A large-scale poll of Arab Muslims has found that the majority of Arab youths believe the Islamic State terror group is a perversion of Islam, and have blamed corruption and regressive governments for the rise of extremism.
"At least three-quarters of millennial respondents in all countries surveyed" said movements like IS and al-Qaeda "are either a complete perversion of Islam's teachings or mostly wrong," revealed The Zogby Research Services poll.
The survey was carried out on 5,374 young Muslim men and women across several Middle Eastern and North African countries, including Morocco, Egypt, Saudi Arabia, the United Arab Emirates, Bahrain, Kuwait, Jordan, and the Palestinian territories.
IS, which has conquered cities across Iraq and Syria and committed vast human rights abuses, including serious persecution against Christians and other religious minorities, was most opposed in Morocco and the UAE. Over 90 percent of the youths surveyed in those countries called the group a "complete perversion of Islam."
Opinions were a little more mixed in the Palestinian territories and Saudi Arabia, where 55 percent of respondents said that IS and other such groups are distorting the teachings of Islam.
Issues such as "corrupt, repressive, and unrepresentative governments" were identified as some of the biggest reasons why IS has gained so much momentum and established itself on the world stage.
A separate poll carried out by Turkey's Social Trends Survey found that a notable number of people in the U.S.' close NATO partner do not find IS to be a terrorist organization at all, however.
The Irish Times pointed out that the survey asked over 1,500 Turkish residents of their views on IS, and as many as 9.3 percent argued that the militant group should not be classified as a terrorist organization. Another 5.4 percent said that they support IS' actions.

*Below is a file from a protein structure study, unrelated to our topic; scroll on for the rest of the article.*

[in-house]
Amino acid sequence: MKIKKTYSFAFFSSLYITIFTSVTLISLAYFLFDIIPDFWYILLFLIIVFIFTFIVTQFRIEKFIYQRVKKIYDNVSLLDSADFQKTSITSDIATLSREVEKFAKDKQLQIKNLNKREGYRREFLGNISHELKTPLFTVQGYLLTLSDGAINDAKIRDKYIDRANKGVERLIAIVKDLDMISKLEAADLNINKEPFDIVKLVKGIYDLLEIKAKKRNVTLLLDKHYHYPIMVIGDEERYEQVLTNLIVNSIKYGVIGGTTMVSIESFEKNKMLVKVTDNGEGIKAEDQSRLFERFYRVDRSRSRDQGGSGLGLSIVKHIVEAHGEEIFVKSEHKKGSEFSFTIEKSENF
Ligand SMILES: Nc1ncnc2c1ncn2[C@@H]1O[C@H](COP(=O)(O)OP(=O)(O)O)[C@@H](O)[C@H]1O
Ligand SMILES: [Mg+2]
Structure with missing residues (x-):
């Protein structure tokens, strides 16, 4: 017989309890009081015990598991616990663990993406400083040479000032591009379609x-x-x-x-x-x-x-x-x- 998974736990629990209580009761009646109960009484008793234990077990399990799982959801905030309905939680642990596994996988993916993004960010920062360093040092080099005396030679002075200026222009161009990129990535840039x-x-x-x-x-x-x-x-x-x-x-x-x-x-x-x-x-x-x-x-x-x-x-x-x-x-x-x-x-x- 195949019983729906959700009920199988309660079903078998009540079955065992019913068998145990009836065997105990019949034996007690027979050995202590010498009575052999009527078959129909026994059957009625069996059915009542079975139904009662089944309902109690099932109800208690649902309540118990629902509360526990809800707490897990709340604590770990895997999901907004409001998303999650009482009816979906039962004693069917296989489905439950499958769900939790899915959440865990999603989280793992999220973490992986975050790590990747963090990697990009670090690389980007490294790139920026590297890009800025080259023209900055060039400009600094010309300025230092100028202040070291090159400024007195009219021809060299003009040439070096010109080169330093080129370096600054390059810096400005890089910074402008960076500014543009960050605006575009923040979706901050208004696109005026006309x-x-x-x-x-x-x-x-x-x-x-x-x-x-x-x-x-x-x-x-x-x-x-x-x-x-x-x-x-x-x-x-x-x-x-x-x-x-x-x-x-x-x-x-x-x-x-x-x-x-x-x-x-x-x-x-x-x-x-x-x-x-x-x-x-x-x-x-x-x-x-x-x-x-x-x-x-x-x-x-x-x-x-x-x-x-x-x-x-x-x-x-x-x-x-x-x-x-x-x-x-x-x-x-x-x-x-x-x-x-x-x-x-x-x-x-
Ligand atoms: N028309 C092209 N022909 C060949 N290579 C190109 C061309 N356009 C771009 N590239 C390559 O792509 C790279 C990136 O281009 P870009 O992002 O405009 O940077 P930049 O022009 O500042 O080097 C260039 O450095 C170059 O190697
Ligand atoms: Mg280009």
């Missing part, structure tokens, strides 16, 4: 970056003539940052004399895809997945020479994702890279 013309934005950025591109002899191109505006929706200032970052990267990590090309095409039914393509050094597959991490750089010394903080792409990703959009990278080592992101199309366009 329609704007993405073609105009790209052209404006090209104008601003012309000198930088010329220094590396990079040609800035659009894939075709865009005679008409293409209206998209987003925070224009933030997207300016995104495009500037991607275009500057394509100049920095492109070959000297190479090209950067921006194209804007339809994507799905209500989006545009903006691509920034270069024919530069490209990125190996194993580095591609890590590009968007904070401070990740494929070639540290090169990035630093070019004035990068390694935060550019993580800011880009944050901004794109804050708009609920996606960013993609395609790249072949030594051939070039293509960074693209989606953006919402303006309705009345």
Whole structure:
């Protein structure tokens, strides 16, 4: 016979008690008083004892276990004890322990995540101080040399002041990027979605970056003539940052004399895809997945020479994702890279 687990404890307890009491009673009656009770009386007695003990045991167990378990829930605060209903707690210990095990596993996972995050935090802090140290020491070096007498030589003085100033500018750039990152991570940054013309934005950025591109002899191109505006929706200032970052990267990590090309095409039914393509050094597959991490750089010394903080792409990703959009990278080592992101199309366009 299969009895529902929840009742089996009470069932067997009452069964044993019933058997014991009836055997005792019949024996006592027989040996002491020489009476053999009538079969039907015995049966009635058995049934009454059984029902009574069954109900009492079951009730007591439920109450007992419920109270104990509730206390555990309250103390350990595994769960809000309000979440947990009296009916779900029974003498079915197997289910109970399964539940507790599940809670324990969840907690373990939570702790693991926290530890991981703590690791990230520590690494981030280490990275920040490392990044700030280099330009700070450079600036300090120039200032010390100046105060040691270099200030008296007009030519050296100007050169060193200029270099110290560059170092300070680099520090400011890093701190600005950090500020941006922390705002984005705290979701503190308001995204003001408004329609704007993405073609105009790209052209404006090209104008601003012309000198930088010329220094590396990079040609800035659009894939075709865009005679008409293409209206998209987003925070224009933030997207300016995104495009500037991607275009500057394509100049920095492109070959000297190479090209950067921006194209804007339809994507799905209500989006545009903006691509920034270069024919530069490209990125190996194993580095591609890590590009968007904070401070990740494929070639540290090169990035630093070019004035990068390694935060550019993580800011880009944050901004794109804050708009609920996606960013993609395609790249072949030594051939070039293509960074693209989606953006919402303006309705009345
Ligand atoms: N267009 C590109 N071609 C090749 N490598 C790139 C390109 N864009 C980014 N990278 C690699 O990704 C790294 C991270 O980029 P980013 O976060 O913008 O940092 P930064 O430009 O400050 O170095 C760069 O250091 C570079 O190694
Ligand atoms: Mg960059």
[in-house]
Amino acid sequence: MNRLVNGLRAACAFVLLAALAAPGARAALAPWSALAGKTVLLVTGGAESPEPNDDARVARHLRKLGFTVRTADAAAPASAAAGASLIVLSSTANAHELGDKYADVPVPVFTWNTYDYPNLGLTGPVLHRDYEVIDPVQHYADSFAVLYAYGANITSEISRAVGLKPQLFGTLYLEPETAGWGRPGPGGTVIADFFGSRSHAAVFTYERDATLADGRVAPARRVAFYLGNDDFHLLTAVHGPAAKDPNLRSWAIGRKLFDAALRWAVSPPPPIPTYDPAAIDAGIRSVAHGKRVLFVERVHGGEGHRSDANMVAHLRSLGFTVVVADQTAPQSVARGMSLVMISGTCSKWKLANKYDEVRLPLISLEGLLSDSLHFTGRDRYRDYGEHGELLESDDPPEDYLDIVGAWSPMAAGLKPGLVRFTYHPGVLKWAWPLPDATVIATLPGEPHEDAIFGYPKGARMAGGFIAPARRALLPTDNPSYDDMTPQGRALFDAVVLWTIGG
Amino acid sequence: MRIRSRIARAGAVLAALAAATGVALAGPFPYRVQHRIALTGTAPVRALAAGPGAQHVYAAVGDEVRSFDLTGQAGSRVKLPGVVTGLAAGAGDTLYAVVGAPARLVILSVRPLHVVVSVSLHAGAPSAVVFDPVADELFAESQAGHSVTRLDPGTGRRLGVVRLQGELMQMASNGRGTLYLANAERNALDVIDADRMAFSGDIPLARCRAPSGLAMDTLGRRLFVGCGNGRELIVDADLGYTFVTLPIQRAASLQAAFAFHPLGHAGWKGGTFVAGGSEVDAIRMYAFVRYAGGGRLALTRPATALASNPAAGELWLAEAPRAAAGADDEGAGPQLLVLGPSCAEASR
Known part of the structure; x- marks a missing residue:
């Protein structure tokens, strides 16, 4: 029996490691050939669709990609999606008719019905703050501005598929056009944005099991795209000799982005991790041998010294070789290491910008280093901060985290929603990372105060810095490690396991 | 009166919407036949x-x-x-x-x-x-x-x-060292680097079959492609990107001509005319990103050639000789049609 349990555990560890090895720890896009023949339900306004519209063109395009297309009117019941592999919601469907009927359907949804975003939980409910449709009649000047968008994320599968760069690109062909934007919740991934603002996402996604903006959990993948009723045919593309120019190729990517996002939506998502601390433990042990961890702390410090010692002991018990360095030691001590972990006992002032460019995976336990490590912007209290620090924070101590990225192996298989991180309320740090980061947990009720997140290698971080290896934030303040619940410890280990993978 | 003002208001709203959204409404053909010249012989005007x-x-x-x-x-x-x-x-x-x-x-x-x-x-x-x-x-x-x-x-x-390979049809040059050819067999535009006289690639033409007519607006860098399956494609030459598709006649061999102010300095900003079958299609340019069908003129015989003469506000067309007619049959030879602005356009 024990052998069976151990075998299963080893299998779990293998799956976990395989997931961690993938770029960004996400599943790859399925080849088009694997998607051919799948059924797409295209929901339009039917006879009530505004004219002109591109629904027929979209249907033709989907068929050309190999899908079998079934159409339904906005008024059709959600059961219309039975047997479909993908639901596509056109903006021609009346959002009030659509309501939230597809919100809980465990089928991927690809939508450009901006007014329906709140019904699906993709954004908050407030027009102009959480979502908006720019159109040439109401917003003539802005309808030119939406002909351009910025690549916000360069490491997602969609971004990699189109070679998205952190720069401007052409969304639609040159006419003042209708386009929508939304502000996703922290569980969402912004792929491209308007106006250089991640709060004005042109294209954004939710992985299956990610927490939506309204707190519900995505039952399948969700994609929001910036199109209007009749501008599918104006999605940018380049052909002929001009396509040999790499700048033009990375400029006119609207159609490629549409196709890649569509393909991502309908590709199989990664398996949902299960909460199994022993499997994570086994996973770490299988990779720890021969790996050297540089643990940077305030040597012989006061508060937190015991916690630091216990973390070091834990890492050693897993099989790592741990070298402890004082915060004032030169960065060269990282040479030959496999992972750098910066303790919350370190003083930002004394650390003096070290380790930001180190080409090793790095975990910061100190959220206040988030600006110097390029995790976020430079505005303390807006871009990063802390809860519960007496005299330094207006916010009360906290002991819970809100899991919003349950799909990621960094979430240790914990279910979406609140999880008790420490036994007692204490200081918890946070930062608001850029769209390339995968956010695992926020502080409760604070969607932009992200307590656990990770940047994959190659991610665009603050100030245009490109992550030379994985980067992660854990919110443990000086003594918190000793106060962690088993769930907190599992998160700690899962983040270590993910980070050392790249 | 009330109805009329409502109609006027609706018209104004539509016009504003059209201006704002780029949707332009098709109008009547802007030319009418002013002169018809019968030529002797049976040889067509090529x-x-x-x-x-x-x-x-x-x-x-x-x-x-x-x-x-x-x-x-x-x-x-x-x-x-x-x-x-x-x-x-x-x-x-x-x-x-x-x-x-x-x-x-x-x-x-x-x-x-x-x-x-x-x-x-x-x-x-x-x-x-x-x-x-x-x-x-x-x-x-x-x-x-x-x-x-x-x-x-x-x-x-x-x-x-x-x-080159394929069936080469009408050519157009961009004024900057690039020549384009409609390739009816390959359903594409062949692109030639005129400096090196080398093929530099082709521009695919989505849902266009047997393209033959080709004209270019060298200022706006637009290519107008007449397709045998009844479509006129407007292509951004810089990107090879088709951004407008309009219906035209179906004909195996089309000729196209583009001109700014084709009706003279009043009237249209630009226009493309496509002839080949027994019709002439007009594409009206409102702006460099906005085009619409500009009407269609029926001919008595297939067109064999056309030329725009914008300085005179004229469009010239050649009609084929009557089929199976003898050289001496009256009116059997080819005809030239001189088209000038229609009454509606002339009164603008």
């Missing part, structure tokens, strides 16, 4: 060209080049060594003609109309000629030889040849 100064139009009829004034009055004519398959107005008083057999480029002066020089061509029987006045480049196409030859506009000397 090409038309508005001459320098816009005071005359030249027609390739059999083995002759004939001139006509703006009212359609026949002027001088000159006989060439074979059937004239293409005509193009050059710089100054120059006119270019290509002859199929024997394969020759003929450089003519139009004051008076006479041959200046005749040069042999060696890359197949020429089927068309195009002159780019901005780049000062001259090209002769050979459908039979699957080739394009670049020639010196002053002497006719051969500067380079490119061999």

At the same time, however, the poll also showed that fears of terrorism are rising across the nation.
"There are two conflicting positions that we have here," said Suleyman Ozeren, president of Global Policy and Strategy, the report's authors.
"But the high number of people supporting Islamic State actions should concern us. It also tells us that prevention of radicalisation policies should be the number one priority for the government. Once people are radicalized it's very difficult to deradicalize them," he added.
Another major survey on people in Arab states released in November, this time by the Arab Center for Research and Policy Studies, reported similar results as the Zogby poll, when it comes to opinions on IS.
While residents in Lebanon were most opposed to IS, with 98 percent of the people opposing the group's ideology, 24 percent of Palestinians suggested sympathetic views of the Islamic radicals.
Furthermore, the survey found that 50 percent of Palestinians "opposed Arab participation in the coalition to 'degrade and ultimately destroy ISIL.' This was followed by Egypt, where 40 percent were opposed to Arab countries' participation in the military strikes against targets in Iraq and Syria."